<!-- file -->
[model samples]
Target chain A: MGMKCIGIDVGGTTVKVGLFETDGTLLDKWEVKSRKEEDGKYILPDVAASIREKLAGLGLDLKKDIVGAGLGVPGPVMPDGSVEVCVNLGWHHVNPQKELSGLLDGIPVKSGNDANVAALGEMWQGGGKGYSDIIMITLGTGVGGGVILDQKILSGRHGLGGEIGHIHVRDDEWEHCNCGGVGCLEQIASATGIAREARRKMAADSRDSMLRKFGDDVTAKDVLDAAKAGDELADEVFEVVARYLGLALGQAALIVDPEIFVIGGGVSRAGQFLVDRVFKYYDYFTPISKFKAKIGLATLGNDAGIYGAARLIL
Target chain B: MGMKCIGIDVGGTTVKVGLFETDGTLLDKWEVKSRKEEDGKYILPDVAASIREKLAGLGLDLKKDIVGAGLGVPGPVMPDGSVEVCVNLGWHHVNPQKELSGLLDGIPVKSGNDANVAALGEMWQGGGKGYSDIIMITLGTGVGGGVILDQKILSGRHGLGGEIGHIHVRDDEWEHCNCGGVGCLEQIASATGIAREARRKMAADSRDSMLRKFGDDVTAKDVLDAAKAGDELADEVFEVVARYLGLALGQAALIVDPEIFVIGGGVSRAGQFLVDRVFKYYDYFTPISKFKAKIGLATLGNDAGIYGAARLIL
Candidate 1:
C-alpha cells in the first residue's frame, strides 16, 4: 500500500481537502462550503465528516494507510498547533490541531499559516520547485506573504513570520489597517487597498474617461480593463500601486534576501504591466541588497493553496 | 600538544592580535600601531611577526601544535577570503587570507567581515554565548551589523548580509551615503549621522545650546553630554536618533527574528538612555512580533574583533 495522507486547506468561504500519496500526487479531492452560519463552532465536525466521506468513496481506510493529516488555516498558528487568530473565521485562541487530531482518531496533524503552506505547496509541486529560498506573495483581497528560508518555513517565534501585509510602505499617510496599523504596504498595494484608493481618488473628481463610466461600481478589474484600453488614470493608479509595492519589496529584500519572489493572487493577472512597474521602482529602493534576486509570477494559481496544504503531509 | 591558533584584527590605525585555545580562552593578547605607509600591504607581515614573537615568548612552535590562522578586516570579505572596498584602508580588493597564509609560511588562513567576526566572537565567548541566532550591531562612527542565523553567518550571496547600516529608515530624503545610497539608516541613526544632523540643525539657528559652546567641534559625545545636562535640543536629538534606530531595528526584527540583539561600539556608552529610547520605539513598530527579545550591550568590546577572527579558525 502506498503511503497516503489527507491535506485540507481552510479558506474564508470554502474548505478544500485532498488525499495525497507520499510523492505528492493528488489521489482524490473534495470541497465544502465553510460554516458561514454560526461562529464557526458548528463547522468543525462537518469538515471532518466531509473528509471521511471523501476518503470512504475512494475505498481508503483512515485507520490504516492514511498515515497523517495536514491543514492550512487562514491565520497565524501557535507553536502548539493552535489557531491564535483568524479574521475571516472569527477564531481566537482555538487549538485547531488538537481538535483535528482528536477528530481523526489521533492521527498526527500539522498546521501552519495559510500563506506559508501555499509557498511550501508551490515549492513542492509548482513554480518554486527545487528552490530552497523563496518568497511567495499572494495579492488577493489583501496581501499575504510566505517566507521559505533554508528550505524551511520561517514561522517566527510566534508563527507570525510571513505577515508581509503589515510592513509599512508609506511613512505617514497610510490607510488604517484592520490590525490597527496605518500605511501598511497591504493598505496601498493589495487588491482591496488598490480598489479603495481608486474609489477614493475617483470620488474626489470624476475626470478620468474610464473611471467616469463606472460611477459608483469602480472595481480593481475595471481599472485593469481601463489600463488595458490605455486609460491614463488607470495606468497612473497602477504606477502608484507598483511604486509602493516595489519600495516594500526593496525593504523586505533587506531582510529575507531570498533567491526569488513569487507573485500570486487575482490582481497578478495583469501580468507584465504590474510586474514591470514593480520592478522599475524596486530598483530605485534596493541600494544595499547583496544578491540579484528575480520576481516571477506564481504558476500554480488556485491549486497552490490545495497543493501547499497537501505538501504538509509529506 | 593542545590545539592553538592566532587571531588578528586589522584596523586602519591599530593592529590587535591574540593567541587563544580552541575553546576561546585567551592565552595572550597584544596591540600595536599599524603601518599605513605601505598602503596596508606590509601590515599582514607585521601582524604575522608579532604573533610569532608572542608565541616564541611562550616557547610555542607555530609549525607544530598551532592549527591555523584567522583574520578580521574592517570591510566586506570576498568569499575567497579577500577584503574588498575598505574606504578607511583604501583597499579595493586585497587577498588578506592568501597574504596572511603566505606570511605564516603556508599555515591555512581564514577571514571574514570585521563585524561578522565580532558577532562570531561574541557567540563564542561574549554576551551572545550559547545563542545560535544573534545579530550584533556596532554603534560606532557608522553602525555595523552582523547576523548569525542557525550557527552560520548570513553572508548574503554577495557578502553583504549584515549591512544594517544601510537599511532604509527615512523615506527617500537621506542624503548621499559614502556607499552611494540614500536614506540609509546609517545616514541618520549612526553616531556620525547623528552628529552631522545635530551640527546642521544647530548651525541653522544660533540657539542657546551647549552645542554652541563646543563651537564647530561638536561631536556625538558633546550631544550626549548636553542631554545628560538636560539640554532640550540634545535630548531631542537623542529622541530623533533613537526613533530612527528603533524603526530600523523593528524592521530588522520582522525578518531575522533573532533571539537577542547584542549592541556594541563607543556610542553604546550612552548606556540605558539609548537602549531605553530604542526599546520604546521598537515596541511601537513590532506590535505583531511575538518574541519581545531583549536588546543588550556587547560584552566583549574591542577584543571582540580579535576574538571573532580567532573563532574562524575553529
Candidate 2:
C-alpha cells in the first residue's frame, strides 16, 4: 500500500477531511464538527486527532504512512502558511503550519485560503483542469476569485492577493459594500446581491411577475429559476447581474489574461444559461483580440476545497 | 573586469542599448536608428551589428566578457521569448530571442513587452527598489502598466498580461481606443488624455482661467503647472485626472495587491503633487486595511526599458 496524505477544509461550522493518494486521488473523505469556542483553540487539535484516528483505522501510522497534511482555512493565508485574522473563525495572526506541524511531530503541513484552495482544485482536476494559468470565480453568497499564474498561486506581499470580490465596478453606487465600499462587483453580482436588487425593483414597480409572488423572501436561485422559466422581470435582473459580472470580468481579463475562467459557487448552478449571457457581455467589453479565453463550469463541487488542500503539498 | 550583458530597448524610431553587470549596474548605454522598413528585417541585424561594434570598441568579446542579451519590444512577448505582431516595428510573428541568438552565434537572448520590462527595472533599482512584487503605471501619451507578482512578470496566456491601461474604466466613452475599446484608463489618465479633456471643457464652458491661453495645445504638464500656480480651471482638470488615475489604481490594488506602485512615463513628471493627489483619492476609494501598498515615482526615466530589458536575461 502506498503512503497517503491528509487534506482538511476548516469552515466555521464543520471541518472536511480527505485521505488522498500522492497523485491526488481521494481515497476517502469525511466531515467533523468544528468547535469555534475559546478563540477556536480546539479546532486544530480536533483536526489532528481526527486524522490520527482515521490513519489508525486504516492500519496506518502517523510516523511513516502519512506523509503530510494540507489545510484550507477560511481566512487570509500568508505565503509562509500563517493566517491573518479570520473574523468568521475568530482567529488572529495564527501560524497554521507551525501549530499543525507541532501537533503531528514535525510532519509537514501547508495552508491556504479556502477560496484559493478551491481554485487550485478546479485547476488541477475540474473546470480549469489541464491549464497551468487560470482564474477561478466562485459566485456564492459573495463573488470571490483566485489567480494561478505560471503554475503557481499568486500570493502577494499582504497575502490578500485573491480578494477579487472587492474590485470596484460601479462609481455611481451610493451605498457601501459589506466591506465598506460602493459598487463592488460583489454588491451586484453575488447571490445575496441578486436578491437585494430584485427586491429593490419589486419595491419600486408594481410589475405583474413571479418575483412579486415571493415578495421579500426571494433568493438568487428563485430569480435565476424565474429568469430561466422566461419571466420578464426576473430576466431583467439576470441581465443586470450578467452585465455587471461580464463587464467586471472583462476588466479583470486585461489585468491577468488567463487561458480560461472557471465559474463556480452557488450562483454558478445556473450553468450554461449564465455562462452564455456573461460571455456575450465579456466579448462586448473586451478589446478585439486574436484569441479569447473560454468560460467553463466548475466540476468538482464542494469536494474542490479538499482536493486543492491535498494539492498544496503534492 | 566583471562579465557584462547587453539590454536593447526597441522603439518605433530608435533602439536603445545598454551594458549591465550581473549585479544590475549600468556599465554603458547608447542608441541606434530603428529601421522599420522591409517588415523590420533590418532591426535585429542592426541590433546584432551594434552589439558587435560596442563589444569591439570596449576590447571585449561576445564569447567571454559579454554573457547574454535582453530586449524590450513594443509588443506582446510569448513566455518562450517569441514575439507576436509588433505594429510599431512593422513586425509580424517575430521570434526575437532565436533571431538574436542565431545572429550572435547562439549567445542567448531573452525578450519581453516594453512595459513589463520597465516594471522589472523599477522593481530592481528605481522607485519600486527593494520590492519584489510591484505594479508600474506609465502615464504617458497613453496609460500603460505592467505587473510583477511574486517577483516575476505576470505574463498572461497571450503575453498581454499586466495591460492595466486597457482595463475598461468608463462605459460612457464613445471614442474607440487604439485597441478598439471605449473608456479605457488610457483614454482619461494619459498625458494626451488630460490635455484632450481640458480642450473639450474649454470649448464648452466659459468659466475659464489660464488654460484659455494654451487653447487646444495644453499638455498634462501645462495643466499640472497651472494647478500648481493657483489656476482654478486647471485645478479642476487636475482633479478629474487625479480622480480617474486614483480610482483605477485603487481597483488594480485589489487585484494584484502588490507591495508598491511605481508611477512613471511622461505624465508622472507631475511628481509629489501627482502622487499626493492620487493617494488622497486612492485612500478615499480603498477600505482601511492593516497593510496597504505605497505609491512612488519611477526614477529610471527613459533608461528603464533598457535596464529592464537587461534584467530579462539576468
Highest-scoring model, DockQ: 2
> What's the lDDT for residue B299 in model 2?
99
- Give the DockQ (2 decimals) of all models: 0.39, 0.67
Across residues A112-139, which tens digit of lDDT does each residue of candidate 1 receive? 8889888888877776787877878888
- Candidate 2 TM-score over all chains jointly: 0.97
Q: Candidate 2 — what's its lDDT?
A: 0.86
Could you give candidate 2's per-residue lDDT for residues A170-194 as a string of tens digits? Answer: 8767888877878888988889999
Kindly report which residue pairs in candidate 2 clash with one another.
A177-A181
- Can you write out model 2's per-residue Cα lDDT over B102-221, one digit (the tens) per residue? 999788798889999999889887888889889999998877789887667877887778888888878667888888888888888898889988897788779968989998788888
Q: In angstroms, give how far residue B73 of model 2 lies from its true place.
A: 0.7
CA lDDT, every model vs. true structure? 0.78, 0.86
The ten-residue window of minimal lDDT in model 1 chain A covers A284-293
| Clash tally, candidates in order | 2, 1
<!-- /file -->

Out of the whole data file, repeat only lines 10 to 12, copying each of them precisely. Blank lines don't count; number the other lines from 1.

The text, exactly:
99
- Give the DockQ (2 decimals) of all models: 0.39, 0.67
Across residues A112-139, which tens digit of lDDT does each residue of candidate 1 receive? 8889888888877776787877878888